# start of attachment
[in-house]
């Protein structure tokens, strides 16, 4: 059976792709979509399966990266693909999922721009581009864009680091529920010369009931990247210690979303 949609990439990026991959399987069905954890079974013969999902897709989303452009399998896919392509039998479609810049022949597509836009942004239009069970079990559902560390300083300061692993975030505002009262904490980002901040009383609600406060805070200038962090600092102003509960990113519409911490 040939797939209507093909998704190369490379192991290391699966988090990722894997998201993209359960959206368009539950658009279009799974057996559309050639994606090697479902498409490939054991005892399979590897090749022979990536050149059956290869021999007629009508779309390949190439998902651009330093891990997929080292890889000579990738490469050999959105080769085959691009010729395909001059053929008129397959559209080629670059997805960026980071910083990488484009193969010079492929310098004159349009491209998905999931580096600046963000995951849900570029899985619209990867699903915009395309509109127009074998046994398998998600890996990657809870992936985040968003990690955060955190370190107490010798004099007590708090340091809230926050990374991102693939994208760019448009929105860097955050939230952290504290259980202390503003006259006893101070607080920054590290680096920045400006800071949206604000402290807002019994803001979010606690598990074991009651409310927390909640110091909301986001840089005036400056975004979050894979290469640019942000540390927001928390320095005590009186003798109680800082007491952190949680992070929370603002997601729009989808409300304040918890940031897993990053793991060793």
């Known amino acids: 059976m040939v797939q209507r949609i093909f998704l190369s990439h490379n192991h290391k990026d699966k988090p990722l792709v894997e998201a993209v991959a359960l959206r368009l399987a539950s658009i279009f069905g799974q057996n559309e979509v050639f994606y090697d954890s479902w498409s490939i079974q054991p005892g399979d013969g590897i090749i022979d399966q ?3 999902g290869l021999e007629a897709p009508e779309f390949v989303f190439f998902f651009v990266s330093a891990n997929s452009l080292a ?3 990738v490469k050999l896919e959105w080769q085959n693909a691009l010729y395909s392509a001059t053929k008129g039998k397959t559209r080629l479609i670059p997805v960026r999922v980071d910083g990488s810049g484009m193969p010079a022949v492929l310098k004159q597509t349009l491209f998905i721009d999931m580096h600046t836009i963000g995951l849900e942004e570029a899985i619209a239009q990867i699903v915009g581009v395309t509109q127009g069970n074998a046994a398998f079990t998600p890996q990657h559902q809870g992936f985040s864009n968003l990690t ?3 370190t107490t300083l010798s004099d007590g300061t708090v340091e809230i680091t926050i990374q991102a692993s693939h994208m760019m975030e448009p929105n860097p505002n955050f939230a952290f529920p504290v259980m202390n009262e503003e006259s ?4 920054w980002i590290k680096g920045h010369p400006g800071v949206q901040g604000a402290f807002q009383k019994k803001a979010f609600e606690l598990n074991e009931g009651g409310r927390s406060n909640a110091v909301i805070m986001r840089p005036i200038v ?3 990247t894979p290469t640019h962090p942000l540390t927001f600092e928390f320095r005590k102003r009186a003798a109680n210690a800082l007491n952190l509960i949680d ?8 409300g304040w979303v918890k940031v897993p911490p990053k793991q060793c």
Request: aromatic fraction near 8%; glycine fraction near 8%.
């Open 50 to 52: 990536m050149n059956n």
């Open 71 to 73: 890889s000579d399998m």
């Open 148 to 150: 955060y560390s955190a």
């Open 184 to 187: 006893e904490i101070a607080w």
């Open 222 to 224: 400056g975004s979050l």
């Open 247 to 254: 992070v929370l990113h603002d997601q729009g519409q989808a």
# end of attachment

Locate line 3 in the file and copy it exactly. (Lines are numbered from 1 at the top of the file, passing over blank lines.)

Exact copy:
């Known amino acids: 059976m040939v797939q209507r949609i093909f998704l190369s990439h490379n192991h290391k990026d699966k988090p990722l792709v894997e998201a993209v991959a359960l959206r368009l399987a539950s658009i279009f069905g799974q057996n559309e979509v050639f994606y090697d954890s479902w498409s490939i079974q054991p005892g399979d013969g590897i090749i022979d399966q ?3 999902g290869l021999e007629a897709p009508e779309f390949v989303f190439f998902f651009v990266s330093a891990n997929s452009l080292a ?3 990738v490469k050999l896919e959105w080769q085959n693909a691009l010729y395909s392509a001059t053929k008129g039998k397959t559209r080629l479609i670059p997805v960026r999922v980071d910083g990488s810049g484009m193969p010079a022949v492929l310098k004159q597509t349009l491209f998905i721009d999931m580096h600046t836009i963000g995951l849900e942004e570029a899985i619209a239009q990867i699903v915009g581009v395309t509109q127009g069970n074998a046994a398998f079990t998600p890996q990657h559902q809870g992936f985040s864009n968003l990690t ?3 370190t107490t300083l010798s004099d007590g300061t708090v340091e809230i680091t926050i990374q991102a692993s693939h994208m760019m975030e448009p929105n860097p505002n955050f939230a952290f529920p504290v259980m202390n009262e503003e006259s ?4 920054w980002i590290k680096g920045h010369p400006g800071v949206q901040g604000a402290f807002q009383k019994k803001a979010f609600e606690l598990n074991e009931g009651g409310r927390s406060n909640a110091v909301i805070m986001r840089p005036i200038v ?3 990247t894979p290469t640019h962090p942000l540390t927001f600092e928390f320095r005590k102003r009186a003798a109680n210690a800082l007491n952190l509960i949680d ?8 409300g304040w979303v918890k940031v897993p911490p990053k793991q060793c």